By Ann Hudock, Senior Vice President for Strategy and Growth

In a small village just outside Freetown, Sierra Leone, Isatu corralled villagers under the thatch-roofed communal space. She called to order the meeting of the Rogbum Women’s Cooperative. Discussion ranged from priorities for the revolving loan fund to advice on how to tend the village vegetable plot. In many ways, the discussion was unremarkable. Yet in others it was life changing.

While income generating activities and small-scale farming comprise so much of daily life in rural areas of Sierra Leone, women’s leadership is less common. According to the United Nations, women comprise 70 percent of the agricultural labor force, and they play a critical role in natural resource management and food production. Yet women face discrimination in land tenure that holds them back from economic empowerment.

Dynamic leaders like Isatu demonstrate the power of collective citizen action to reduce poverty. Strong and inclusive organizations that amplify citizens’ voices form the backbone of sustainable development approaches. Of equal importance are the government partners who respond to citizen demand; the transparent and accountable public institutions that facilitate dialogue for economic and social sector reform.

It’s the greatest privilege to learn how people facing some of the toughest challenges turn adversity into opportunity. I’m proud to join the Counterpart International team that has more than 50 years’ experience in all regions of the world helping people to solve their own problems. One of the most unique aspects of the organization’s work is providing platforms for citizens and governments to effectively partner and in that way become true “counterparts.”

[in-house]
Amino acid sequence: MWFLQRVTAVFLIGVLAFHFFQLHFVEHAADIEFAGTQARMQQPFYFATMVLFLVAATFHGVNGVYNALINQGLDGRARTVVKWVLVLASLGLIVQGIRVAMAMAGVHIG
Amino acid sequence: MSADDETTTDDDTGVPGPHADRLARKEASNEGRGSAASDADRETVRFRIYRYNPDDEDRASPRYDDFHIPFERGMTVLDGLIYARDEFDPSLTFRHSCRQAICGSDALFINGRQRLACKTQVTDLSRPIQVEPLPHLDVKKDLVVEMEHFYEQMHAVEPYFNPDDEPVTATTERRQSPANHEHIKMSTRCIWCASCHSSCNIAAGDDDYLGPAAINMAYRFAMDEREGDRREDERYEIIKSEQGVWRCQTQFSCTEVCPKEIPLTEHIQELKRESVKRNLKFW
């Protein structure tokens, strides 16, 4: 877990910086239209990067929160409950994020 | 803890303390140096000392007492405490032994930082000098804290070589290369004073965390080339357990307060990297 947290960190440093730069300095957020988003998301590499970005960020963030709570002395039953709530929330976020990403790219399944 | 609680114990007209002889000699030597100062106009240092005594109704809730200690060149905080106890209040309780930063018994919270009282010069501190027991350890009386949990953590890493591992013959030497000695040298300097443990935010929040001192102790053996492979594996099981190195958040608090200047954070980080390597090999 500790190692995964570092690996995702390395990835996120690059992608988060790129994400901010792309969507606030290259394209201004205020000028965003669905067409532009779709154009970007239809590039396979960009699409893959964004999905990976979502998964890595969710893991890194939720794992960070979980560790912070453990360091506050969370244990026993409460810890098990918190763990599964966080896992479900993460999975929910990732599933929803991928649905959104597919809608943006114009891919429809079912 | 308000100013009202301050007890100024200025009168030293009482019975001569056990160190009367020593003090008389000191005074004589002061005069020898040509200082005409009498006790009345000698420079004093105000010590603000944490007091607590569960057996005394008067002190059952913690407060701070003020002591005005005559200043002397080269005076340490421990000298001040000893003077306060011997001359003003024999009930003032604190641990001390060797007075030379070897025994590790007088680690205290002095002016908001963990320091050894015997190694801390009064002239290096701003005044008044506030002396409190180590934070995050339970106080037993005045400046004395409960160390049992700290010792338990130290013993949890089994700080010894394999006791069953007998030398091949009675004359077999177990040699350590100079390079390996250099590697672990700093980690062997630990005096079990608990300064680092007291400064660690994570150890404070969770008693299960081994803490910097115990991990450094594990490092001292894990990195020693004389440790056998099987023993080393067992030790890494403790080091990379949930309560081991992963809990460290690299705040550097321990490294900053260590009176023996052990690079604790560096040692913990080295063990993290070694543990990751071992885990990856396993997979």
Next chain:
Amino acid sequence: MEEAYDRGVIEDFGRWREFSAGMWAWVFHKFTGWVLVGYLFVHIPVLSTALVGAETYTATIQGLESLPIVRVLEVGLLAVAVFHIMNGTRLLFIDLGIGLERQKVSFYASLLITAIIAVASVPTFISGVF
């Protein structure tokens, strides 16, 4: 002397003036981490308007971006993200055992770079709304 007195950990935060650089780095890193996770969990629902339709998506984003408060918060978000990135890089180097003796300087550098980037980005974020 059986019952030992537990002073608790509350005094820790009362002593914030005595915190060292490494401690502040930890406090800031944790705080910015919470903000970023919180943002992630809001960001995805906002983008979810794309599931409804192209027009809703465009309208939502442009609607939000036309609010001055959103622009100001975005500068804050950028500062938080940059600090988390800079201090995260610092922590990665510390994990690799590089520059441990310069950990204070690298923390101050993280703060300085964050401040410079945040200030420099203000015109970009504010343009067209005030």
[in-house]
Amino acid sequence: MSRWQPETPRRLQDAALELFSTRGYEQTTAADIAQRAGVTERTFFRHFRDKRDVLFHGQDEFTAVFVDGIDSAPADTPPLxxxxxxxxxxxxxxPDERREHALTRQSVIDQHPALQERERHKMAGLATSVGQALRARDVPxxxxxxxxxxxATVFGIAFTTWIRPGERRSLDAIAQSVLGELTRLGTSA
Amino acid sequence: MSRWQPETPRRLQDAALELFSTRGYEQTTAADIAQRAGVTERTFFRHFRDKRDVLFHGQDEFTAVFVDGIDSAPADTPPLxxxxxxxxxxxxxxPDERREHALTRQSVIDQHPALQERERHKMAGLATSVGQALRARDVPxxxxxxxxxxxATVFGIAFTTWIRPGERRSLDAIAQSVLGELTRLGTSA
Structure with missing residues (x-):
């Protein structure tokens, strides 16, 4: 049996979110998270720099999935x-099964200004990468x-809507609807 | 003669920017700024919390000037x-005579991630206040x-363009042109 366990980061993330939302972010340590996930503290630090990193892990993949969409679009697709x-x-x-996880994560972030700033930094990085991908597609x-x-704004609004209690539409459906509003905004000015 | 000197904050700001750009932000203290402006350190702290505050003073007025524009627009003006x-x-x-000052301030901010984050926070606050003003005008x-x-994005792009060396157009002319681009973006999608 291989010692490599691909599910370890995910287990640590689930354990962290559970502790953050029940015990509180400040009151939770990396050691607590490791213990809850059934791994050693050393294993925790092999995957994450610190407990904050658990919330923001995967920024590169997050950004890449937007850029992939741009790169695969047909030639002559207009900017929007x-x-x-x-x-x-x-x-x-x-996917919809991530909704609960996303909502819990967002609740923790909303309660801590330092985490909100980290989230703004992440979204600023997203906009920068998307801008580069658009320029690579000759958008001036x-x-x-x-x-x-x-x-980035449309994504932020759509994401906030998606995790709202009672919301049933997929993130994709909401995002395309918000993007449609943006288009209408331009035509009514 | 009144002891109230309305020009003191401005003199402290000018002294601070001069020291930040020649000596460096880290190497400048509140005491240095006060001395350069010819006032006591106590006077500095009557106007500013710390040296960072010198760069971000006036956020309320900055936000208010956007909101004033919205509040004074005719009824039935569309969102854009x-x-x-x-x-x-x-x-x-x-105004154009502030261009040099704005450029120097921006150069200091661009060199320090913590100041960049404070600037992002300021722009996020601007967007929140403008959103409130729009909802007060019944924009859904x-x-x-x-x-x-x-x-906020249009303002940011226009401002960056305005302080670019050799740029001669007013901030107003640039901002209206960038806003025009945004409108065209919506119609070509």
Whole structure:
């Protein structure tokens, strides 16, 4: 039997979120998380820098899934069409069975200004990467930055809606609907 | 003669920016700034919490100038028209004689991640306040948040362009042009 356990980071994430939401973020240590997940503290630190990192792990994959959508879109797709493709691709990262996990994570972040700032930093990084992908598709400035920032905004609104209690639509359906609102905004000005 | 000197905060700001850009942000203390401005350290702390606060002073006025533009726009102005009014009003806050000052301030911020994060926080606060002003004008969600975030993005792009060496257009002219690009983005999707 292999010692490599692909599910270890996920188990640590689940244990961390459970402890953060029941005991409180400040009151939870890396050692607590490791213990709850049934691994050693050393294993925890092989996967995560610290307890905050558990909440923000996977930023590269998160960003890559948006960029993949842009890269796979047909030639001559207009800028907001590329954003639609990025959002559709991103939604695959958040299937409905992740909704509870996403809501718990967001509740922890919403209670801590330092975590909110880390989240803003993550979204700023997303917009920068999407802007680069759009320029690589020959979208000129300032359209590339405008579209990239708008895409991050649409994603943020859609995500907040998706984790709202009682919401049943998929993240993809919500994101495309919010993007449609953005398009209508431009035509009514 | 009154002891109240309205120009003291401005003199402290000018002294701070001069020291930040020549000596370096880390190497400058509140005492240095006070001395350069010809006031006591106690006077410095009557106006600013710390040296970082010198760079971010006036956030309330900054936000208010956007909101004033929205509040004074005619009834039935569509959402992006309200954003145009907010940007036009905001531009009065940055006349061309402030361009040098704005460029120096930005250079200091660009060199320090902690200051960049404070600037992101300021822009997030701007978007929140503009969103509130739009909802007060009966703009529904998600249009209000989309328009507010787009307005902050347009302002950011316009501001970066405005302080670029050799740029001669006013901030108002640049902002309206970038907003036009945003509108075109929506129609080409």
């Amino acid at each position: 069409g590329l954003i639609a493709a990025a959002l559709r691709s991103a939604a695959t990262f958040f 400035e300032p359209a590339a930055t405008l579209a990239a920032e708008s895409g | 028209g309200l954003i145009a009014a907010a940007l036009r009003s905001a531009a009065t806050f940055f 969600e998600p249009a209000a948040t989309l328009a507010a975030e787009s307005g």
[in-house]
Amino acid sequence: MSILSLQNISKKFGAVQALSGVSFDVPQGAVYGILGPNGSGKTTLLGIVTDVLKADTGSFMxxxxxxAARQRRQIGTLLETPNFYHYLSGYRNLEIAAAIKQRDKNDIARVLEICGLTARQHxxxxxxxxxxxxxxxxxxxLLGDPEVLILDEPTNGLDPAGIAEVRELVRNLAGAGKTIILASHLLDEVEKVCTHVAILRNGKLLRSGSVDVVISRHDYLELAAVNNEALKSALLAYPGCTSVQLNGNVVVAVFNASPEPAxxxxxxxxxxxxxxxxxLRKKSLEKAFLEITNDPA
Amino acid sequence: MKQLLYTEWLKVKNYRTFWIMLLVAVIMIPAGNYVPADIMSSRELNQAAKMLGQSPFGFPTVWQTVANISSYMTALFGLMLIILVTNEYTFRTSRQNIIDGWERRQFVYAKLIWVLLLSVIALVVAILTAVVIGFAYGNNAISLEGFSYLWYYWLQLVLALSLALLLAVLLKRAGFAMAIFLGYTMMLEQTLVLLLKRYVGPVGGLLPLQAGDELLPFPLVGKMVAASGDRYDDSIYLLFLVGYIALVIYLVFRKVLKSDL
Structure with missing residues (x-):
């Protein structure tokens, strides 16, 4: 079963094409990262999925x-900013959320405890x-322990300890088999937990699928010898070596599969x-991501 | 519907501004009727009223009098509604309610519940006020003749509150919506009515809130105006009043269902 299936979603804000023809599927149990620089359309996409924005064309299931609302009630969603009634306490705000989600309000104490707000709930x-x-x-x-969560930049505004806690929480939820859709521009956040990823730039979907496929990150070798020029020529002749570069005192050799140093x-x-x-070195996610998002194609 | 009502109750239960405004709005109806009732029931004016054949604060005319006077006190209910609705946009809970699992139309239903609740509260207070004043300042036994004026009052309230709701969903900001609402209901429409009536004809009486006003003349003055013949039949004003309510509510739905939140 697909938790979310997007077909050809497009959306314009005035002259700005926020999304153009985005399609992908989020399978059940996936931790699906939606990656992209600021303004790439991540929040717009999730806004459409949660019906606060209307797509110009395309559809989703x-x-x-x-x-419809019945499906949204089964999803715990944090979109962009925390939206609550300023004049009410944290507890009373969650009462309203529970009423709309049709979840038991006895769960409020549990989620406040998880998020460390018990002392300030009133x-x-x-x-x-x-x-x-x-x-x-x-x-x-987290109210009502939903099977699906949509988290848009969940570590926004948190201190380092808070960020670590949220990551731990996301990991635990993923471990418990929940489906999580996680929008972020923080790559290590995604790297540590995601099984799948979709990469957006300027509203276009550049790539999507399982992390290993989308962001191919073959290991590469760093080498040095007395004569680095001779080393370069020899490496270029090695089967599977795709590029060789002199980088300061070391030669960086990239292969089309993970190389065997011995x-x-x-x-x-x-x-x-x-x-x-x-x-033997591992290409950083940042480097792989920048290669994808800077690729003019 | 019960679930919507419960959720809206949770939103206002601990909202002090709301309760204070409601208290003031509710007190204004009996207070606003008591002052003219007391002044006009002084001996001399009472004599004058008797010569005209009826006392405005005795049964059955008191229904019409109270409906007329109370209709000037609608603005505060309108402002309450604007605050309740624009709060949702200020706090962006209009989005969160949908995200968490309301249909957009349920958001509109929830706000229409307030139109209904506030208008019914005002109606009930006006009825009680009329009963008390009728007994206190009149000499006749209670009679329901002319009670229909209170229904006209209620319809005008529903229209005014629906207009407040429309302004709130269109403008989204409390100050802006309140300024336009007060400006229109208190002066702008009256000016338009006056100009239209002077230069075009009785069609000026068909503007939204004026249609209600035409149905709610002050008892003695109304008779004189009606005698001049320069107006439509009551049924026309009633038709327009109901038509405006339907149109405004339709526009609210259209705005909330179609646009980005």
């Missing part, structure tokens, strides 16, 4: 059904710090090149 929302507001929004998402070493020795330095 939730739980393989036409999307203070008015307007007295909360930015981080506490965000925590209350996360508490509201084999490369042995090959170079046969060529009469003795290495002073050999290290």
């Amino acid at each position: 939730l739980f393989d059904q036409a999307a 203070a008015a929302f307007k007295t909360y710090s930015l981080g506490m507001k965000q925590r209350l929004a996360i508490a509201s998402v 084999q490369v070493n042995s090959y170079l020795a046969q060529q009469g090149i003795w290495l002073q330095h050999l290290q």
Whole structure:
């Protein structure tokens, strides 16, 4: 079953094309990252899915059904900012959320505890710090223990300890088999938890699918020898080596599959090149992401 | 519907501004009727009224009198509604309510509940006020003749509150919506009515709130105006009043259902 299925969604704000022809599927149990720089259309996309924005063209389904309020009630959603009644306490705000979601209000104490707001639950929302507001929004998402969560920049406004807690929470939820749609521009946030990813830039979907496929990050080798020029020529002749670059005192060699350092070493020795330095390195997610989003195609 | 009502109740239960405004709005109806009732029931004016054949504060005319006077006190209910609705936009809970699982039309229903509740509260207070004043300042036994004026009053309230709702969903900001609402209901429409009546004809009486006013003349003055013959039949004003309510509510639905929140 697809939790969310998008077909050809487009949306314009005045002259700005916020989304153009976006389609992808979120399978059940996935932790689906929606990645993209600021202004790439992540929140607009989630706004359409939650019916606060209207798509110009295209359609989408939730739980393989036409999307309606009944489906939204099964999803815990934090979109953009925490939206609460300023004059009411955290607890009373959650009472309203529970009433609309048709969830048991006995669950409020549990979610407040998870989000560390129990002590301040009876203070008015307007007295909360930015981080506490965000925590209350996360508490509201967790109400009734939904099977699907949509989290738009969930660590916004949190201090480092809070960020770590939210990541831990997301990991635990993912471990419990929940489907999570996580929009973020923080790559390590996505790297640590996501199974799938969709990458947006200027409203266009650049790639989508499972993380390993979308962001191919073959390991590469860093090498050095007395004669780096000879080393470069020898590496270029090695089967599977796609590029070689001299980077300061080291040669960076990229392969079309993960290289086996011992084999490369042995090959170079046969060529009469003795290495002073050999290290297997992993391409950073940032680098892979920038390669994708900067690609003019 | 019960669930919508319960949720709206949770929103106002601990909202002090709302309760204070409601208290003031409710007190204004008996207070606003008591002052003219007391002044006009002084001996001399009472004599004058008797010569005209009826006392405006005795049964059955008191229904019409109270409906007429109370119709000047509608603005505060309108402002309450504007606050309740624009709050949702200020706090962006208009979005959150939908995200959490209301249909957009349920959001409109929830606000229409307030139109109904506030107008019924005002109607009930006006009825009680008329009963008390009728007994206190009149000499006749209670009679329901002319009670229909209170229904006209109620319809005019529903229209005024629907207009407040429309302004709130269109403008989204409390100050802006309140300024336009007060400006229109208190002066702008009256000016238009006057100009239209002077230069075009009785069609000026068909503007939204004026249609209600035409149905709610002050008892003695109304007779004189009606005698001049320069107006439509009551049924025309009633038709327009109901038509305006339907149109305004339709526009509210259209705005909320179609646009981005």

I met Isatu more than 25 years ago and the lessons she taught me remain fresh in my mind as I take up a new role as Senior Vice President for Strategy and Growth at Counterpart. Since my days with the Rogbum Women’s Cooperative I have traveled the world and met more dynamic leaders and organizations, all striving for that same goal of making their voices heard. I saw in Albania the path-breaking efforts communities made to work across faiths to debate priorities for public expenditure. I saw citizens in Azerbaijan marvel at the sight of their elected representative to Parliament, finally seeing someone who was there to work on their behalf, but who had been largely invisible to them. I worked with media and local organizations in Mozambique to foster dialogue between citizens and government on post-war priorities, all while navigating continued tensions and flare-ups that demonstrated how deep differences ran. In Russia, I met with brave journalists who wanted to report on the workings of their government and advocated for a legal enabling environment that would support their work. In Vietnam after the Communist Party enacted the Grassroots Democracy Decree, I witnessed local efforts citizens made to influence public expenditure. And in Zambia I saw how HIV positive women and HIV-AIDS orphans transformed what was once a bordello into a thriving community project, with a school, income generating projects, and a garden.

I look forward to engaging the talented Counterpart network of partners around the world, those men and women who are passionate champions of change. I look forward to learning from them, and to giving them the support to succeed. It’s these counterparts who will change the world.


Dr. Ann Hudock recently joined Counterpart International as our Senior Vice President of Strategy and Growth. 

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